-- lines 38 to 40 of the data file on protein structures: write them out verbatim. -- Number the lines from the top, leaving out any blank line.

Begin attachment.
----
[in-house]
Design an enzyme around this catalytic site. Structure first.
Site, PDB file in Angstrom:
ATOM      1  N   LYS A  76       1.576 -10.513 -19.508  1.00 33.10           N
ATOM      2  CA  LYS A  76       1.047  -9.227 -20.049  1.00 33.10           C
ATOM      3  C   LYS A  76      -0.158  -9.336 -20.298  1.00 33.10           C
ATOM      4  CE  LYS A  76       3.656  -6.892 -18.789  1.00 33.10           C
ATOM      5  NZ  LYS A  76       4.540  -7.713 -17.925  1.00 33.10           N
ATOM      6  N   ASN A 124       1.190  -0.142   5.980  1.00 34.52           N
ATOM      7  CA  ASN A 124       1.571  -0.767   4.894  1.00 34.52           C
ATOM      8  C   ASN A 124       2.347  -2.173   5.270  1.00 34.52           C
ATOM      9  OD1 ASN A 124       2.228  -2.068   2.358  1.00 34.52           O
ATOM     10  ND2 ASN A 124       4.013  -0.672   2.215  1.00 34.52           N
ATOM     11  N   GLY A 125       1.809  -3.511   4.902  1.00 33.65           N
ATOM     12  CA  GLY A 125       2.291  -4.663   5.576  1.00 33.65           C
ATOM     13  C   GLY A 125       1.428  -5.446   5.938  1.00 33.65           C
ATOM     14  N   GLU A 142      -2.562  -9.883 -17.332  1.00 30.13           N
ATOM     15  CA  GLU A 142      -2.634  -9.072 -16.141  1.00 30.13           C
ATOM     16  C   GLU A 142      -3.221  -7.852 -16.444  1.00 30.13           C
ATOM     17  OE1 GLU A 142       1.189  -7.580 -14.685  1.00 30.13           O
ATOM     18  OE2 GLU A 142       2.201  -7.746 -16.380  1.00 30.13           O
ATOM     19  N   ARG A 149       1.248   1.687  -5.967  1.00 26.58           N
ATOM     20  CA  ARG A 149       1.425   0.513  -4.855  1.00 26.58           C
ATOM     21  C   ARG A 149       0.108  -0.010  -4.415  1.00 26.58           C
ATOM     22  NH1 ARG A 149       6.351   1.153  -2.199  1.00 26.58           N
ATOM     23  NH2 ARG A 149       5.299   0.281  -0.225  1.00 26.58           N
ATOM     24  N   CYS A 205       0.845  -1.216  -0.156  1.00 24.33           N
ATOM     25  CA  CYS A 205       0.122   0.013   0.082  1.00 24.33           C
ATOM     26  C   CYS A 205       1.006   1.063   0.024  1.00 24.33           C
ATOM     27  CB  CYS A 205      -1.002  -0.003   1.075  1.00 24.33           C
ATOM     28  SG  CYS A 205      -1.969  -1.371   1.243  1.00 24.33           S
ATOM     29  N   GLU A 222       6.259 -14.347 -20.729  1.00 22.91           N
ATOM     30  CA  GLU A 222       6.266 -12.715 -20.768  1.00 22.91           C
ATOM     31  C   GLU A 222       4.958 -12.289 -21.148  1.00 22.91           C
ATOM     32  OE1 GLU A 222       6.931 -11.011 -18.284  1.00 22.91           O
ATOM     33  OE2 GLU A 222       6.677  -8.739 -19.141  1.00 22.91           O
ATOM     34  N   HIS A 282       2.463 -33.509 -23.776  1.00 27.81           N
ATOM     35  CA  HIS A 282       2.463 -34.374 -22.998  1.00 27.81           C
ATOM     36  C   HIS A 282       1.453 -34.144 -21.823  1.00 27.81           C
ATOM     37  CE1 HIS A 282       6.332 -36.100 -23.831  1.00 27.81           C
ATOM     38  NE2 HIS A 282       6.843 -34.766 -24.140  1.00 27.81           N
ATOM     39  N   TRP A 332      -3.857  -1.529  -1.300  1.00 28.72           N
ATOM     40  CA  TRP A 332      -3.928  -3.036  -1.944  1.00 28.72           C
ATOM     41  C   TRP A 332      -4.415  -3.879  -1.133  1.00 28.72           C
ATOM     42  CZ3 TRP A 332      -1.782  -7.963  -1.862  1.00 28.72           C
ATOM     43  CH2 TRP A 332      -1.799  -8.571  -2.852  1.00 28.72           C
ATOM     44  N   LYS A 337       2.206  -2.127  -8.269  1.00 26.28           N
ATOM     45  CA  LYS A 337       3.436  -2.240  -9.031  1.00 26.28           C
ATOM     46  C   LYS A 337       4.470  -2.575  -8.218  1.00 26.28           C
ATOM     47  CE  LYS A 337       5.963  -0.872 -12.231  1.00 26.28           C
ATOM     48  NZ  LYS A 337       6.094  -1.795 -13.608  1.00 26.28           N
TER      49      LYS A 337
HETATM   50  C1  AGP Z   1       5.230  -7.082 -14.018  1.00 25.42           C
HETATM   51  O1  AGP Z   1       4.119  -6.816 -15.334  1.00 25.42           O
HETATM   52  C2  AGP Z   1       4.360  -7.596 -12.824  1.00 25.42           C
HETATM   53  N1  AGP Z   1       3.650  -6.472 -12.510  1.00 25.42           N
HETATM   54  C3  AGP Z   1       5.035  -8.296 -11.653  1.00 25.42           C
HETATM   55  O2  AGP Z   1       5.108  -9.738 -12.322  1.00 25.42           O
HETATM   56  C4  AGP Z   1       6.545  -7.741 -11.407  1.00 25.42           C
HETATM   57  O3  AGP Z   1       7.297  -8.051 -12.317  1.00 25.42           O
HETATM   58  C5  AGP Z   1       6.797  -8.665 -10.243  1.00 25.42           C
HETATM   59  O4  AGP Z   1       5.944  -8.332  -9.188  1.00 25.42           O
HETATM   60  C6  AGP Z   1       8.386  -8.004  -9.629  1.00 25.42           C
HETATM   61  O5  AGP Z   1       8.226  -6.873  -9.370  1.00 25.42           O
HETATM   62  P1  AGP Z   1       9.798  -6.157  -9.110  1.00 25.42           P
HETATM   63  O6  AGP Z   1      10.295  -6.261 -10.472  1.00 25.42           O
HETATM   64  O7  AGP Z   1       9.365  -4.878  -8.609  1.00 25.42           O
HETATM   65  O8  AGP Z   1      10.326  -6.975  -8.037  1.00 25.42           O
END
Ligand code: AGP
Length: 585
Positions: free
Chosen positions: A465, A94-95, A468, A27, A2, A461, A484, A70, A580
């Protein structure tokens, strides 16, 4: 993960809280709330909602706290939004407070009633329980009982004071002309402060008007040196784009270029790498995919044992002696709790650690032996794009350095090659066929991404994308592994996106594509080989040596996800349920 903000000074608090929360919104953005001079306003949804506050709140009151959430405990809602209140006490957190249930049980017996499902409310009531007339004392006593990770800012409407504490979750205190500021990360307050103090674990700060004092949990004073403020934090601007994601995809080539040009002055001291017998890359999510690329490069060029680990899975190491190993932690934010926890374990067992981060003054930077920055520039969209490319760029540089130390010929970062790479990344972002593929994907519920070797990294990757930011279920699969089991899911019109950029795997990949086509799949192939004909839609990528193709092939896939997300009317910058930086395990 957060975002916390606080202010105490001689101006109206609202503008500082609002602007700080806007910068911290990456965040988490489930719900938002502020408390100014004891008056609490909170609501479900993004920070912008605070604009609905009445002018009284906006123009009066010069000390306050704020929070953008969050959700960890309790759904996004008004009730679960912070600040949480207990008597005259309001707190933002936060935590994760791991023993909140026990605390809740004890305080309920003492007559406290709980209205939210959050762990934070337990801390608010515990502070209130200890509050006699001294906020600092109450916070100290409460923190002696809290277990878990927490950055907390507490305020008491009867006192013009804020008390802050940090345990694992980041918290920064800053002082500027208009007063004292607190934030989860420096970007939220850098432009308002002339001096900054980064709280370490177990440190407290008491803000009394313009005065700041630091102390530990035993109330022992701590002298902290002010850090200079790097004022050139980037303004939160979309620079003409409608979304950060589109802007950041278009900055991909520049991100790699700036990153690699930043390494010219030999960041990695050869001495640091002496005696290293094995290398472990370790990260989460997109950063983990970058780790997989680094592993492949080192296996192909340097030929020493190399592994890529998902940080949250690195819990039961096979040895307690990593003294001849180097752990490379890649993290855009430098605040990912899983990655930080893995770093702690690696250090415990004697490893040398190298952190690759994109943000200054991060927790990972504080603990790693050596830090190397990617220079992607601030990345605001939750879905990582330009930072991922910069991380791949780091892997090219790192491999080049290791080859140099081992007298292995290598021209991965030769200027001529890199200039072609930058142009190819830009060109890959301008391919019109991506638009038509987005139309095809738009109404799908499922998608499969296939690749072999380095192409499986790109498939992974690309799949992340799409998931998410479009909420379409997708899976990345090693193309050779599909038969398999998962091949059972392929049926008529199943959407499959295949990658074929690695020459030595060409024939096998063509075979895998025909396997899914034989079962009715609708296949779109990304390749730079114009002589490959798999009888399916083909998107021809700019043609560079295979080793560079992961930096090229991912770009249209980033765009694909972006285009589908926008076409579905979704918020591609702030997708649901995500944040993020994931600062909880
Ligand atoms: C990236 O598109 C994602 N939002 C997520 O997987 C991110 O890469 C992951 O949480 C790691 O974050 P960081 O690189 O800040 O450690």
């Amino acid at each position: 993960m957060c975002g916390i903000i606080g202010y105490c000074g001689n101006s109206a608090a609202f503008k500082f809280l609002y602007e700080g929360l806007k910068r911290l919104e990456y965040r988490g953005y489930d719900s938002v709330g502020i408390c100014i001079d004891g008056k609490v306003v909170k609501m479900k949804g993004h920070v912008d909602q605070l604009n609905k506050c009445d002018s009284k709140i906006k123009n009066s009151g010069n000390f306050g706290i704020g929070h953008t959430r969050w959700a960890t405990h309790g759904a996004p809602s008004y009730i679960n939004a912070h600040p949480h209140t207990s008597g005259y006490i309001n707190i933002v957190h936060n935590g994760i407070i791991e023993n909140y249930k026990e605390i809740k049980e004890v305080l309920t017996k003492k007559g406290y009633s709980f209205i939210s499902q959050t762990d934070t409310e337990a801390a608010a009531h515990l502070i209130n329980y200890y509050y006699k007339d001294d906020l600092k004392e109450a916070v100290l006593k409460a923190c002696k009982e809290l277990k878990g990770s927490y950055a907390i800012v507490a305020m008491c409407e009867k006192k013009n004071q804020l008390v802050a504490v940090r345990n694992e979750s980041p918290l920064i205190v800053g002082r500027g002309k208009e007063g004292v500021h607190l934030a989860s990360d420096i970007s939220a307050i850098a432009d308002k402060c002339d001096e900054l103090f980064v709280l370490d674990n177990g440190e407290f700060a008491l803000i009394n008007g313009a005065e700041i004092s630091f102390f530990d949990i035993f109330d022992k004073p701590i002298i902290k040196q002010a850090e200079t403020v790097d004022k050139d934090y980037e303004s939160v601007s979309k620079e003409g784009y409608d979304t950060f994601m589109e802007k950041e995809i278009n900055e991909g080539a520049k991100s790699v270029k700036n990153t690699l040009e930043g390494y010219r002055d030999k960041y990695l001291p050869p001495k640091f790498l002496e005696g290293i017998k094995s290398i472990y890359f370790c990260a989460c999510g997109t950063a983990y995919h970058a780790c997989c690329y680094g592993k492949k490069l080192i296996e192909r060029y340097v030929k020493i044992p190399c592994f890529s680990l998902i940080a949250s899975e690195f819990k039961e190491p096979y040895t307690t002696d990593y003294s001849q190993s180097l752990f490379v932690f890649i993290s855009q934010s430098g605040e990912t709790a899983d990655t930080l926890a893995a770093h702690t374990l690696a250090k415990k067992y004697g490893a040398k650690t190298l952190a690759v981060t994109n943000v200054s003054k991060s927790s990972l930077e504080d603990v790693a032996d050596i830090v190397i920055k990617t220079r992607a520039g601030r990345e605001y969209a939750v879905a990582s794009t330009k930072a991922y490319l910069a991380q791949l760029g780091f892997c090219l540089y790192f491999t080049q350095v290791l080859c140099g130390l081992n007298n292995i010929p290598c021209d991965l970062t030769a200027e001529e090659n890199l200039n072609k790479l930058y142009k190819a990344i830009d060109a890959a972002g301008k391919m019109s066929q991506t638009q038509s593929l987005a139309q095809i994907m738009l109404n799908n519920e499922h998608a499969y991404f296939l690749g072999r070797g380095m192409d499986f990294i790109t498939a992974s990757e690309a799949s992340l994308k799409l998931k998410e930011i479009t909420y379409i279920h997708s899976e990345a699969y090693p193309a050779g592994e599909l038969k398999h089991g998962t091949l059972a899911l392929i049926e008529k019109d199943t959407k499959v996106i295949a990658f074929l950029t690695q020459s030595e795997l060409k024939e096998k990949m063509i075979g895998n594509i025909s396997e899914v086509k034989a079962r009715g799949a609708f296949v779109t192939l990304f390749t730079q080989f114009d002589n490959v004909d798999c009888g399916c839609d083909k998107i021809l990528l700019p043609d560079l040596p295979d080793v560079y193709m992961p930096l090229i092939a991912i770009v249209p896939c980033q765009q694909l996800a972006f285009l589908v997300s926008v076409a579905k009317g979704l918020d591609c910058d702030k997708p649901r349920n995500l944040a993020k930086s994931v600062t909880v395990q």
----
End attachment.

ATOM     35  CA  HIS A 282       2.463 -34.374 -22.998  1.00 27.81           C
ATOM     36  C   HIS A 282       1.453 -34.144 -21.823  1.00 27.81           C
ATOM     37  CE1 HIS A 282       6.332 -36.100 -23.831  1.00 27.81           C